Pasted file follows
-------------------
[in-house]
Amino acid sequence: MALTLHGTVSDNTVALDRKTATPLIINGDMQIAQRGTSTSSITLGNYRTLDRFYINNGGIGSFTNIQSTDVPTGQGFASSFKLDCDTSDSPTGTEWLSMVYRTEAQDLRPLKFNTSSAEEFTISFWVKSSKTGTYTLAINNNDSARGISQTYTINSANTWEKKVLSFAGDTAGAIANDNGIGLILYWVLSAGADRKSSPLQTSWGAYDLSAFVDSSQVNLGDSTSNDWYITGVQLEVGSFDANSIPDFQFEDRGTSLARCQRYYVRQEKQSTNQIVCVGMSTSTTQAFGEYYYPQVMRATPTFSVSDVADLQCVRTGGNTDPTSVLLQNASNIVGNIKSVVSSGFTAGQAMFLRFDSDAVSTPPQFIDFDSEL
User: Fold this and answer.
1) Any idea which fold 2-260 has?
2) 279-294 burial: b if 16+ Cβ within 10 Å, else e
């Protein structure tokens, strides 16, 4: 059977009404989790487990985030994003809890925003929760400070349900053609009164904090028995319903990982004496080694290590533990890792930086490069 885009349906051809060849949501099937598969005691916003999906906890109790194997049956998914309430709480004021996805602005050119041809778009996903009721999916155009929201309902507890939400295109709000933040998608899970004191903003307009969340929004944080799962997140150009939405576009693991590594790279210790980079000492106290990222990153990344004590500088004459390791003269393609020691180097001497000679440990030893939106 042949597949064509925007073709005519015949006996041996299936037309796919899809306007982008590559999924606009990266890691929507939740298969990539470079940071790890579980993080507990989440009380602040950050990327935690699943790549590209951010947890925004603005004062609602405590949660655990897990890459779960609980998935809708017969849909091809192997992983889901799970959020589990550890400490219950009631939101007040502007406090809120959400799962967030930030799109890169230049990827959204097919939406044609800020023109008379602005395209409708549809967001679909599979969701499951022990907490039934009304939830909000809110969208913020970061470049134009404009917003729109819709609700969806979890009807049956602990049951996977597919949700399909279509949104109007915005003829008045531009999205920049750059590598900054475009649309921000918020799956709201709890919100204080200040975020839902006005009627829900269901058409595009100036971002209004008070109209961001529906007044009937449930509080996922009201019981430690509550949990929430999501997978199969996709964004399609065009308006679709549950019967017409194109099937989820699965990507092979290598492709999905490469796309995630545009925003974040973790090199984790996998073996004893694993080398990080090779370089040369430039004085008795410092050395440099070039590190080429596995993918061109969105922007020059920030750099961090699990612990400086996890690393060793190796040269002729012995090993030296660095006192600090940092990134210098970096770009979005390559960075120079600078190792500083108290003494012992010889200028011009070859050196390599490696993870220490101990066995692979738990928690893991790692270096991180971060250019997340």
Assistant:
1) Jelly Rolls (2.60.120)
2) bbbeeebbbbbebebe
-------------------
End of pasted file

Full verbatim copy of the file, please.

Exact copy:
[in-house]
Amino acid sequence: MALTLHGTVSDNTVALDRKTATPLIINGDMQIAQRGTSTSSITLGNYRTLDRFYINNGGIGSFTNIQSTDVPTGQGFASSFKLDCDTSDSPTGTEWLSMVYRTEAQDLRPLKFNTSSAEEFTISFWVKSSKTGTYTLAINNNDSARGISQTYTINSANTWEKKVLSFAGDTAGAIANDNGIGLILYWVLSAGADRKSSPLQTSWGAYDLSAFVDSSQVNLGDSTSNDWYITGVQLEVGSFDANSIPDFQFEDRGTSLARCQRYYVRQEKQSTNQIVCVGMSTSTTQAFGEYYYPQVMRATPTFSVSDVADLQCVRTGGNTDPTSVLLQNASNIVGNIKSVVSSGFTAGQAMFLRFDSDAVSTPPQFIDFDSEL
User: Fold this and answer.
1) Any idea which fold 2-260 has?
2) 279-294 burial: b if 16+ Cβ within 10 Å, else e
């Protein structure tokens, strides 16, 4: 059977009404989790487990985030994003809890925003929760400070349900053609009164904090028995319903990982004496080694290590533990890792930086490069 885009349906051809060849949501099937598969005691916003999906906890109790194997049956998914309430709480004021996805602005050119041809778009996903009721999916155009929201309902507890939400295109709000933040998608899970004191903003307009969340929004944080799962997140150009939405576009693991590594790279210790980079000492106290990222990153990344004590500088004459390791003269393609020691180097001497000679440990030893939106 042949597949064509925007073709005519015949006996041996299936037309796919899809306007982008590559999924606009990266890691929507939740298969990539470079940071790890579980993080507990989440009380602040950050990327935690699943790549590209951010947890925004603005004062609602405590949660655990897990890459779960609980998935809708017969849909091809192997992983889901799970959020589990550890400490219950009631939101007040502007406090809120959400799962967030930030799109890169230049990827959204097919939406044609800020023109008379602005395209409708549809967001679909599979969701499951022990907490039934009304939830909000809110969208913020970061470049134009404009917003729109819709609700969806979890009807049956602990049951996977597919949700399909279509949104109007915005003829008045531009999205920049750059590598900054475009649309921000918020799956709201709890919100204080200040975020839902006005009627829900269901058409595009100036971002209004008070109209961001529906007044009937449930509080996922009201019981430690509550949990929430999501997978199969996709964004399609065009308006679709549950019967017409194109099937989820699965990507092979290598492709999905490469796309995630545009925003974040973790090199984790996998073996004893694993080398990080090779370089040369430039004085008795410092050395440099070039590190080429596995993918061109969105922007020059920030750099961090699990612990400086996890690393060793190796040269002729012995090993030296660095006192600090940092990134210098970096770009979005390559960075120079600078190792500083108290003494012992010889200028011009070859050196390599490696993870220490101990066995692979738990928690893991790692270096991180971060250019997340």
Assistant:
1) Jelly Rolls (2.60.120)
2) bbbeeebbbbbebebe